Sunday, April 5, 2015

Luscious Leftovers - Part V

Getting Mileage Out of Meat - Take 1

Leftover Roast Beef Hash with Cheddar Cheese

Welcome back to For The Culinarily Challenged's series on re-purposing leftovers!

In this entry, we'll be looking at an easy way of re-purposing leftover meat. Have burgers leftover from a BBQ? The leftover pieces of roast? A few pieces of cold cooked chicken? How about some cold cuts that are perfectly edible but not enough for a decent sandwich?

Try making HASH.

A hash is some kind of cooked meat re-cooked with some potatoes. Though this recipe doesn't contain any, if you have some leftover vegetables, you can chop them up and cook them with the onions. 

Hash is quick and delicious on its own or as a side dish for any meal of the day. If you want to get extra fancy, top it with a fried egg. See the image below.

Here's How You Do It
Difficulty Level: Easy
Total Prep and Cook Time: 20 minutes
Serves 3


1/2 a Cup of Leftover Cooked Meat - cut into 1/4 inch cubes - This can be leftover roast beef, lamb, turkey, pork, ham, or chicken, some cold cuts, chopped up cooked bacon, or even some cold chicken fingers or nuggets you have leftover from a fast food dinner.

1 Cup of Cooked Potato - also cut into 1/4 inch cubes - this can be any leftover cooked potato you have lying around. If you don't have leftovers, take some potatoes, wash them well, stab them all over with a fork and stick them in the microwave on high for three minutes. Poke the potatoes with a fork. If the tines slide in easily, the potatoes are tender and good to go. If they are not, nuke them again, a minute and a half at a time, testing each time, until they are. Don't have a microwave? No problem! You can boil or roast the potatoes instead.  It will take about 20 minutes if you cut them up BEFORE cooking them. If you're roasting them, be sure to coat them in a little olive oil first to make sure they don't stick to your pan.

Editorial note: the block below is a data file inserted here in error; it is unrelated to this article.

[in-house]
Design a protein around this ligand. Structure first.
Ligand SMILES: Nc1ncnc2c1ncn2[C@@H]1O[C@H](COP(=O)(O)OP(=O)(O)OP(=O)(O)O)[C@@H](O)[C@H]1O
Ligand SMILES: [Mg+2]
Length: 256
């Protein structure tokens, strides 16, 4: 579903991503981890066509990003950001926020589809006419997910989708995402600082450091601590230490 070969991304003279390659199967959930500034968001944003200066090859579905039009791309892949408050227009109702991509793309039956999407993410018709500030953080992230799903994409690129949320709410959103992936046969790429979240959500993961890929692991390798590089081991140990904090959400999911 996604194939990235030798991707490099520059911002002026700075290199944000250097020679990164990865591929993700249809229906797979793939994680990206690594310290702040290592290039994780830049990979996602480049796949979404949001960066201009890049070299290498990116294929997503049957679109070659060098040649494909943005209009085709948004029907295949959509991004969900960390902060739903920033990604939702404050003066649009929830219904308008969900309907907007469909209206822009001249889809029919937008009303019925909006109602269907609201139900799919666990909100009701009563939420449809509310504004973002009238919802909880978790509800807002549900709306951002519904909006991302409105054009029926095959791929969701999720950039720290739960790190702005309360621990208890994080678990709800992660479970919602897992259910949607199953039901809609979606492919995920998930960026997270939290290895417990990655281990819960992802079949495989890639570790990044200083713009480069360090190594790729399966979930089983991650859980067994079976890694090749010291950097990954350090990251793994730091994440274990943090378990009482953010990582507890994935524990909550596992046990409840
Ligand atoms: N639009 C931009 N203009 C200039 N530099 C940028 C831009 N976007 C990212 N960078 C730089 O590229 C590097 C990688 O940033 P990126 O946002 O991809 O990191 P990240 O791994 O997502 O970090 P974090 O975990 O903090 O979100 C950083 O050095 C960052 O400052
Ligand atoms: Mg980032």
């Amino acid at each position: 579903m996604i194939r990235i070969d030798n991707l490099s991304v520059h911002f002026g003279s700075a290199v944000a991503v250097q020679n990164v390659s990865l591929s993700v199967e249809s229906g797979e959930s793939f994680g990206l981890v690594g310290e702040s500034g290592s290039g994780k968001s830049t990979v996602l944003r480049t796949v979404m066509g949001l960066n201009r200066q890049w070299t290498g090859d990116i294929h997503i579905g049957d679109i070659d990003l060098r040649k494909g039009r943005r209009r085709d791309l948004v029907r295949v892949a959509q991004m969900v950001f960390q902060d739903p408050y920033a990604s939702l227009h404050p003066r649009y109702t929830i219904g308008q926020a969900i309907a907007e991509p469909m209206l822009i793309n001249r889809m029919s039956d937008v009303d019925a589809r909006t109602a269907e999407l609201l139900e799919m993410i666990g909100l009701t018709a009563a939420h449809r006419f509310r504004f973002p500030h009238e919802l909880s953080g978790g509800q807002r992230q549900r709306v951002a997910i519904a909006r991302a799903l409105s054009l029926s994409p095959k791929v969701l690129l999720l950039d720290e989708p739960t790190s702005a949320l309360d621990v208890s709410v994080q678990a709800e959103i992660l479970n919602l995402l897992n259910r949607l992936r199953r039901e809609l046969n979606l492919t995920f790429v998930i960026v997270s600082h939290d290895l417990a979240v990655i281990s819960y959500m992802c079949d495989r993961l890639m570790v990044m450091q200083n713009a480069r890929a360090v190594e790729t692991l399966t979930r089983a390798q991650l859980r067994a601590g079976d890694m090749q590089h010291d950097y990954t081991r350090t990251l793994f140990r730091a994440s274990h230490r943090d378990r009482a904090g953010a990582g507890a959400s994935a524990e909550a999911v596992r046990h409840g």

1 Medium Onion - Peeled and Sliced

1 Tablespoon of Olive Oil

1 Tablespoon of Butter

Salt and Pepper - to taste

1/4 Teaspoon of Oregano

1 Teaspoon of Sugar

1/4 Teaspoon of Grated Garlic - OR - 1/2 a Teaspoon of Garlic Powder (aka Granulated Garlic) - Grating garlic is a more efficient way of getting fresh garlic flavor into something because the pieces are so small that they are easily distributed throughout a dish. I offer garlic powder as an alternative because it keeps a lot longer, the only disadvantage is that the flavor isn't as strong, so you need to use more.   

1/4 Cup of Water, Chicken Broth or Stock, or Balsamic Vinegar - This will help soften up the onions.

Parmesan - OR - Old Cheddar Cheese - finely grated - Optional - these cheeses are expensive, but they're a nice touch.


1 Knife and Cutting Board

Measuring Spoons

1 Frying Pan

1 Wooden Spoon

1 Regular Bowl

In a pan on high heat, melt the butter and olive oil together. The oil will keep the butter from burning too quickly.

Dump in the onions, season them with a little salt, and sauté them in the pan until soft. About 5 minutes

Lower the heat and add the water or broth or balsamic vinegar and the sugar, and cook the onions for about 5 minutes or until golden brown, stirring with a wooden spoon to cook off the liquid and keep the onions from burning.

When the liquid has evaporated, dump the onions into a bowl and set aside.

Season the potato pieces with salt, pepper, and oregano and dump them in the same pan you cooked the onions in. There should be some oil and butter left in the pan. If there isn't, add a little more, say a teaspoon of each.

Raise the heat to medium and stir the potatoes with a wooden spoon until they've  turned golden brown on at least one side. See the image below.

 Add the grated or granulated garlic and mix well.

Dump in the onions and stir so they're evenly distributed among the potatoes.

Do the same with the meat, and cook until everything is heated through. Should take less than a minute.

Taste the food and adjust the salt and pepper to your taste.

Divide between 3 plates, and top with cheese and a fried egg if desired.


Stay tuned for next time when I'll be showing you new ways to re-purpose leftover meats!

-Samantha R. Gold

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